When does a "lucky" marker cease being a charmed companion? Perhaps Ian Poulter could elaborate, having been denied victory two years ago at Dubai's Jumeirah Golf Estates in the climax to the European Tour season.
The engrossing Englishman, having entered a play-off against Robert Karlsson, incurred a one-stroke penalty for dropping his ball on to his marker on the 18th green – the second hole of sudden death – to gift his opponent the title.
"How frustrating was it?" Poulter said after Karlsson sank his first of two putts for the win. "About 20 world rankings points frustrating. Plus a lovely trophy, plus around US$400,000 (Dh1.46 million).
"But I am not going to lose any sleep over it, that is for sure."
Despite his apparent acceptance, Poulter has the chance to exact revenge at the Earth Course in two weeks' time. And, if his imperious performance in Sunday's WGC-HSBC Champions is anything to go by, he may well be about to finally validate that famous faith in his own ability.
It will take some time, if at all possible, to erase the memory of the bizarre claim in a 2008 edition of Golf World that, should he realise his full potential, it would be "just me and Tiger".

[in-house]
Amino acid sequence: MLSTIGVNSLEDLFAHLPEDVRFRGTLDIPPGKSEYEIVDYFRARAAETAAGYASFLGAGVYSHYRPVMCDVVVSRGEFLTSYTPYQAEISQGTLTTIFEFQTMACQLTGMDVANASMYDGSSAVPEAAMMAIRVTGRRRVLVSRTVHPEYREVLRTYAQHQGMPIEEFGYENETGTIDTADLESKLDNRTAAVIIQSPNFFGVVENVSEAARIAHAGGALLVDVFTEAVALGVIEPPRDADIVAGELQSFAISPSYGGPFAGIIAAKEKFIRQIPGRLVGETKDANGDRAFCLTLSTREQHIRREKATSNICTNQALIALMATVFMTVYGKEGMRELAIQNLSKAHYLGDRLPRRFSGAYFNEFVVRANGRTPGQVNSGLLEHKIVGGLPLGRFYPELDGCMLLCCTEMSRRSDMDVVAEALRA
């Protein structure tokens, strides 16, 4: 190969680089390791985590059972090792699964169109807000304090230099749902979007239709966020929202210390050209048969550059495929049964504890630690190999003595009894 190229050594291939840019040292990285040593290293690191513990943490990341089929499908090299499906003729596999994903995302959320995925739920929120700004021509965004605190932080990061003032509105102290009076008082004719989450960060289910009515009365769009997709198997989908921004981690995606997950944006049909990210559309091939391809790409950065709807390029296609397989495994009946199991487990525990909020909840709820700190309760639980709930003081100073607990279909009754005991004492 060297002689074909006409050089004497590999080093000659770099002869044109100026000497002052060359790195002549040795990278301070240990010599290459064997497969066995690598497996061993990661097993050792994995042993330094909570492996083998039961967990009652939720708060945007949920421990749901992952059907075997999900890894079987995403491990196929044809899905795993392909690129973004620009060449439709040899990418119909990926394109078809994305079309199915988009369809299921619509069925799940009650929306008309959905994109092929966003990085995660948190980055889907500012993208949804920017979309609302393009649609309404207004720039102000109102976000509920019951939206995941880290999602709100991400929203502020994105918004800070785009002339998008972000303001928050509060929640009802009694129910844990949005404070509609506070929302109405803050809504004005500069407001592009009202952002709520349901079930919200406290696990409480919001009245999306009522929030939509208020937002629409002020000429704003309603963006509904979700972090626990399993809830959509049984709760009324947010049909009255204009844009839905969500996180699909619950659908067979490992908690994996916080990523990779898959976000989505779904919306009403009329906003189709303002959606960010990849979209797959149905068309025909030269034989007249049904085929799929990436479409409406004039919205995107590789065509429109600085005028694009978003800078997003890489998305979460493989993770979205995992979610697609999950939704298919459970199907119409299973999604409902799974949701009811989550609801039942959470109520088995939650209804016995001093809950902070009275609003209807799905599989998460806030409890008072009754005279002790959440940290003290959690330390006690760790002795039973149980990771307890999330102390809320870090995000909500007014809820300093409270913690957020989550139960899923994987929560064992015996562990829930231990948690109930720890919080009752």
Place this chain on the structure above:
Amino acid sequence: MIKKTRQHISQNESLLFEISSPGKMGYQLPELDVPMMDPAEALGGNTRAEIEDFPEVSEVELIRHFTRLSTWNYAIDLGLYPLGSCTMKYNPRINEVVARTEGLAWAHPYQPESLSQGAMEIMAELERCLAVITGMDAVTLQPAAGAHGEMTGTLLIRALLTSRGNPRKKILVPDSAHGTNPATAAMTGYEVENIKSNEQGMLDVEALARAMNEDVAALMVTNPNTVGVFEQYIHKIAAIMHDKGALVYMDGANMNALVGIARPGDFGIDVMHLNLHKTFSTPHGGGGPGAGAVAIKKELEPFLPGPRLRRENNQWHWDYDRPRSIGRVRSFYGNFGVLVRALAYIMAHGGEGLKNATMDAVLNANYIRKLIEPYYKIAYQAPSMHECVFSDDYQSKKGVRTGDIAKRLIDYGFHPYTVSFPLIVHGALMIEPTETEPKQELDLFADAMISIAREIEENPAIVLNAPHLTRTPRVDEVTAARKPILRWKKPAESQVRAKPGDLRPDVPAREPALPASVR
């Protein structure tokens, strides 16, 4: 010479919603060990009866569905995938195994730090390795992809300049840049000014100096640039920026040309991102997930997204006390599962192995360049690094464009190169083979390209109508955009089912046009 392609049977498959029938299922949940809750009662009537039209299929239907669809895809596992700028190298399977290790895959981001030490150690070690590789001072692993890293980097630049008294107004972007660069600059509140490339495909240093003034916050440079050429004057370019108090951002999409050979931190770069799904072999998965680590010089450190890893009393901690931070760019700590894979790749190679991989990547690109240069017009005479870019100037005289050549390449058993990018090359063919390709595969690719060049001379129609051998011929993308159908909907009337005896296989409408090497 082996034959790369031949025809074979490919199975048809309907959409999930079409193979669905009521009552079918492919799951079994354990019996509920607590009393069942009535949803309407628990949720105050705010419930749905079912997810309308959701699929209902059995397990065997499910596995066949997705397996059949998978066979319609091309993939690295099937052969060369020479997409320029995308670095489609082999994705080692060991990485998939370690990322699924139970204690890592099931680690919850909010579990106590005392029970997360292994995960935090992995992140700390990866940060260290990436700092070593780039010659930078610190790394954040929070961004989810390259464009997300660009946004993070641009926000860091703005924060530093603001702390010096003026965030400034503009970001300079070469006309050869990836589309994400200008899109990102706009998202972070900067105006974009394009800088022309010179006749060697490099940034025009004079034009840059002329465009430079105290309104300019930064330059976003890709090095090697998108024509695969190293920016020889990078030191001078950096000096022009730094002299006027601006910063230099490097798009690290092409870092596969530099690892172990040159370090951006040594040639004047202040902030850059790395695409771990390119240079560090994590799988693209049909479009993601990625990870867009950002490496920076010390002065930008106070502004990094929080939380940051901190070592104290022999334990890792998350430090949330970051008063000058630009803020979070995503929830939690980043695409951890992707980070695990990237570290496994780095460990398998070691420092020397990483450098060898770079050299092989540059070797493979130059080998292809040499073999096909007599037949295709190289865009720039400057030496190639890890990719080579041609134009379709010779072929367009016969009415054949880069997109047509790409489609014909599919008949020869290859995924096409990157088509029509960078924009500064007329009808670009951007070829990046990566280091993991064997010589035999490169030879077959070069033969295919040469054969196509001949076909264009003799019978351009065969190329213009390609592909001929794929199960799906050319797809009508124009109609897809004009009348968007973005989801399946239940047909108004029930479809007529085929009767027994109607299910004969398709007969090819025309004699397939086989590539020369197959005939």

Back then, Tiger Woods was a 13-time major champion and undisputed world No 1. Poulter had one top 10 in 19 major attempts.
However, the new world No 15 appears closer than ever to landing the "big one" to justify his considerable confidence. A remarkable Ryder Cup display reinforced his best season in the majors, where seventh at the US Masters preceded tied-ninth at the British Open and a tied-third at the US PGA Championship.
Last weekend's work at Mission Hills, full of sturdy iron play and routinely steady putting, accentuated the belief that Poulter is about to deliver on his promise. A late developer in professional golf terms, the unflappable 36 year old usually leaves it late in the year to collect titles.
Successes in Singapore in 2009 and Hong Kong the following year prove he is a man who thrives during season end.
Although now fourth in the Race to Dubai, he will recognise front-runner Rory McIlroy is too far into the distance. A clumsy fumble will not derail his DP World Tour Championship chances this time around, though. It should set him up nicely for a 2013 of major proportions.
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